Medicaid Expansion Is a Prescription for Disaster in Maine
In November, Maine residents will be confronted with a ballot question asking them to expand MaineCare, the state’s Medicaid program, to cover additional recipients. If approved, this policy change would further inflate an already over-extended entitlement program and make thousands more dependent on a government welfare program.
The question asks voters to approve expanding MaineCare to individuals earning 138 percent of the federal poverty line or less, including individuals who are able-bodied but choose not to work. Able-bodied individuals without dependents, many of whom don’t have a good reason why they can’t support themselves, would be allowed to join a program intended to help the truly needy. Further, Medicaid expansion consumes finite resources that could otherwise be used to help those people who are disabled and incapable of working.
Giving more handouts to people is expensive, and the money has to come from somewhere. The Maine Heritage Policy Center, a nonpartisan think tank, studied the Medicaid expansion proposal, and its researchers concluded the cost of Medicaid expansion exceeds whatever benefits big spending advocates are promising. As authors Liam Sigaud and Jacob Posik note in the study, “Reject Medicaid Expansion: Unaffordable, Unfair, Unpredictable,” the taxpayer will get stuck with the steep bill:
Over the next five fiscal years, state spending on Medicaid would total nearly $400 million, reaching $100 million in 2022 alone and increasing steadily in subsequent years as medical inflation outstrips the rate of personal income growth. To put that in perspective, expansion would require an annual tax increase of about $180 on every household in Maine, or cuts to other programs.
Empirically speaking, other states’ Medicaid expansion programs have resulted in underestimated costs and enrollment numbers, and not much else. Such has been the case with the 32 states opting to expand Medicaid eligibility because of Obamacare’s financial incentives.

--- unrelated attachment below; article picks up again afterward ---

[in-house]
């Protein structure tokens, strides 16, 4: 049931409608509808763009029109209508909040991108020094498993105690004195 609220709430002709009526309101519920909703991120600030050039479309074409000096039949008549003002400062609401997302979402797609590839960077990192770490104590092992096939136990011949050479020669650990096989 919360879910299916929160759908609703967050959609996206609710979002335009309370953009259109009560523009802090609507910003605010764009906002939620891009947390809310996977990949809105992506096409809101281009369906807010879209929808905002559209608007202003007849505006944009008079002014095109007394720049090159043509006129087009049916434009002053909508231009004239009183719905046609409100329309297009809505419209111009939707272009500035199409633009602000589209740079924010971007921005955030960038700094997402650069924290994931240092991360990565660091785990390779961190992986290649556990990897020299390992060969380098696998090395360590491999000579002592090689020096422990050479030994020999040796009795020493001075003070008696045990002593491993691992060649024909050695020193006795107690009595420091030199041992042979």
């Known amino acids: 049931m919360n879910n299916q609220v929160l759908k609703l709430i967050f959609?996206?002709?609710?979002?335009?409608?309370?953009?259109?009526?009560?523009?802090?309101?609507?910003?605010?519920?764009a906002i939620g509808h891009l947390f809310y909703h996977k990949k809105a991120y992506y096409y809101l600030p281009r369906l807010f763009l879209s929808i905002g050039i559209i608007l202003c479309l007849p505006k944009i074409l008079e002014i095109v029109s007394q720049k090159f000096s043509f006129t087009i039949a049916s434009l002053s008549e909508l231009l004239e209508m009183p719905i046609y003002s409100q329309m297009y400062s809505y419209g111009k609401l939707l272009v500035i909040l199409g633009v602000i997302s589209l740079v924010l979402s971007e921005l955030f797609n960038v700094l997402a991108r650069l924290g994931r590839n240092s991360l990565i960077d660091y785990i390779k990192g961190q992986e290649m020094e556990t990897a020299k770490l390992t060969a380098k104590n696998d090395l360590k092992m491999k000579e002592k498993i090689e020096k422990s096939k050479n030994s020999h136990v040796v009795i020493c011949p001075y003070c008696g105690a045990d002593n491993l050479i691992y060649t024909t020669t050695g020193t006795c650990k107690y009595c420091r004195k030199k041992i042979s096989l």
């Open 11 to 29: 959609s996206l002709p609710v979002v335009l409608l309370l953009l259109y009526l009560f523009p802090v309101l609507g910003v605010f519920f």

According to research from former Mercatus Center senior research fellow Brian Blase, the wave of Obamacare Medicaid expansions between 2014 and 2016 cost taxpayers $232 billion more than government planners expected. In 2014, the U.S. Department of Health and Human Services projected marginal costs for Obamacare’s Medicaid expansion — the cost of adding one more individual to the Medicaid rolls — would get less expensive as time went on. Unsurprisingly, the cost of adding more people to Medicaid actually increased: instead of declining 22 percent between Fiscal Years 2014 and 2015, Medicaid expansion’s marginal costs went up 29.5 percent.
If the goal is helping more people, and not just spending more money, then expanding Medicaid isn’t the solution. In fact, more Medicaid does the opposite of helping. Using data from the Kentucky Cancer Registry, a centralized state government database tracking cancer victims’ treatment and outcomes, Centers for Disease Control and Prevention researcher Kathleen McDavid found Medicaid recipients had a higher risk of dying than their counterparts on private insurance:
Medicaid patients with any one of the 4 cancers studied here had a higher risk of death within 3 years compared with patients privately insured. These results may reflect a scarcity of primary care physicians who are willing to see Medicaid patients for preventive care or screening.
The science, as they say, is “settled.” Public health is improved by making it easier for people to get private insurance, instead of pushing people onto Medicaid.
Rolling back unnecessary government regulations on insurance benefits and increasing the supply of high-quality health care by scrapping cronyist certificate-of-need laws would allow more hospitals and primary care providers to help Mainers. These are just two of the many time-tested and science-approved ways to promote consumers’ health.
Instead of campaigning to spend more money on an entitlement program proven to wreck state governments’ budgets and decrease patients’ quality of care, those who are serious about wanting to help people should be campaigning to make health care more affordable.
The diagnosis for Maine is government control over health care; the cure is more freedom for consumers and more accountability for how taxpayers’ money is spent.
Jesse Hathaway (firstname.lastname@example.org) is a research fellow with The Heartland Institute.